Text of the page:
"In truth I hadn't a clue what I was doing at the start but I just kept trying hard and researching as much as I could. I looked at thousands and thousands of horses to decide why one was different from another and why one was good and one was bad."

"With experience and disaster, I put in place a system that suited me and the results started to come. There were times I thought I should have gone and worked for one of the big agents but I was too far into my own business at that point. The biggest plus I had was that I knew an awful lot of people from my riding days so I just kept driving forward. Thankfully it was the best decision I ever made because I've got a proper business now and its turned in a very successful operation," Tom explained.

Tom's shrewd eye for a good horse soon became evident, not least because of a horse called Brindisi Breeze, who he purchased on the point-to-point scene for €150,000. It went to Lucinda Russell's yard and was "a very special horse," according to the man who spotted him.

He only ever had four starts over hurdles, but won them all, including the Albert Bartlett at the 2012 Cheltenham festival. "He could have been anything, but unfortunately he was killed in a freak accident during his summer's break," Tom recalled. He went on to buy the likes of Dodging Bullets who was a star at top British trainer Paul Nicholls' yard and went on to win the Champion Chase at Cheltenham. "That cemented my relationship with Paul and we have become greats friends since," Tom told us.

PICTURED: Tom Malone hard at work at Leopardstown

Tom is now one of the top agents in Britain having based himself in Devon some years ago. He travels around the UK, home to Ireland, and to mainland Europe to find and buy horses. His day-to-day job involves studying pedigree, form, point-to-point videos and attending sales events every couple of weeks. He buys for some of Britain's top trainers, including Paul Nicholls, Jamie Snowden, Lucinda Russell and Tim Vaughan.

"I love finding horses privately as that's the time they are not spotted by everyone else. When they get to the sales it's an open market and everyone gets a chance to see them and then buy them.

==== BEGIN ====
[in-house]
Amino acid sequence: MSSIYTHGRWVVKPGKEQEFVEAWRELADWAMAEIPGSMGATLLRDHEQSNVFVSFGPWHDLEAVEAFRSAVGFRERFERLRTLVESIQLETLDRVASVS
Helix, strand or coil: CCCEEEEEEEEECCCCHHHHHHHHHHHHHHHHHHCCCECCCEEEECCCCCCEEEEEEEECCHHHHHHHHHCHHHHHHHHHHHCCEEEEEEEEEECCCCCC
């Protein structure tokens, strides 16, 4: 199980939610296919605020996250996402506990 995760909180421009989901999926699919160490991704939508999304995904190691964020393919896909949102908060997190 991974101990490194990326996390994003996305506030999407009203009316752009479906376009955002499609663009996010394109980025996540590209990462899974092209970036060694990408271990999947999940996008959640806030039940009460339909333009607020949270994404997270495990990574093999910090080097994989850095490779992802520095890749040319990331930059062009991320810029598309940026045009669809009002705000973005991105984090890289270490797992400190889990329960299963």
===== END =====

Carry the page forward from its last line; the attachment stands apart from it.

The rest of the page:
One such horse he snapped up by private sale was Native River, whose mother, Native Mo, was actually bred in the Midlands in Co. Laois. John Dineen bought the horse in 2010 for just €6,000 as a foal, and four years later, Tom went to see the horse at his yard. He liked what he saw and contacted Garth and Anne Broom to see if they were interested. They loved the horse and after some thinking time, agreed with Tom who went ahead and bought the eventual Gold Cup winner for "less than six figures."

His roll of honour doesn't end there as he also purchased last year's Aintree Grand National winner, One For Arthur, but he counts Native River as the horse he is most proud to say he purchased. Buying a Cheltenham horse is the pinnacle for Tom and he was there in the flesh to watch Native River collect Gold Cup glory.

"I watched it down on the course where I tend to watch most races and celebrated in the arms of Kim Tizzard and Richie Young who looks after him. It was a special feeling I will never forget," Tom told us. 


In terms of business, Tom says the world of racing is now an expensive endeavour with the average Cheltenham winner costing an average of €125,000. "Everything has changed in 15 years, the big owners are bigger and stronger now and from the bottom everything is dearer, foals are double the price, 3-year-old stores are double the price, so the form horses are going to be the same." Despite all that, the man himself says the key to a Cheltenham horse is not the price tag, but rather ability, and most of all, pure heart.

Despite his name being on the lips of the top owners in the game, Tom says one thing drives him to stay at the top of his game - fear of losing his touch. "Fear is the one thing that has driven me since day one, every time time you look at a new horse he could be Native River or One For Arthur so you just keep driving forward to find the next one."

Tom is now balancing family and work life in Devon, and admitted that "an eighth day in the week would help." "I am starting to get the work/life relationship under control, and I have three beautiful daughters, Isla, Casey and Darcey who I want to be there for and be their role model. I hope I'm doing that job well."

He says his only regrets are buying bad horses," but went on to say, "that's life - no one gets through this life without big mistakes and as long as I maintain my success and there are less and less mistakes, I'm happy with that."

In terms of looking to the future, Tom is excited by a number of horses he's bought recently, including Envoye Allen who has gone to Gordon Elliott's, as well as Danny Kirwan and My Way who are at home with Paul Nicholls.

His business is flying, he is now the man behind the purchases of the reigning Gold Cup and Grand National champions, and yet his focus is on the race he'd simply love to win.

"The Champion Hurdle is the one that's missing. I've had the Champion Chase, Gold Cup and Grand National, so the search continues," Tom concluded.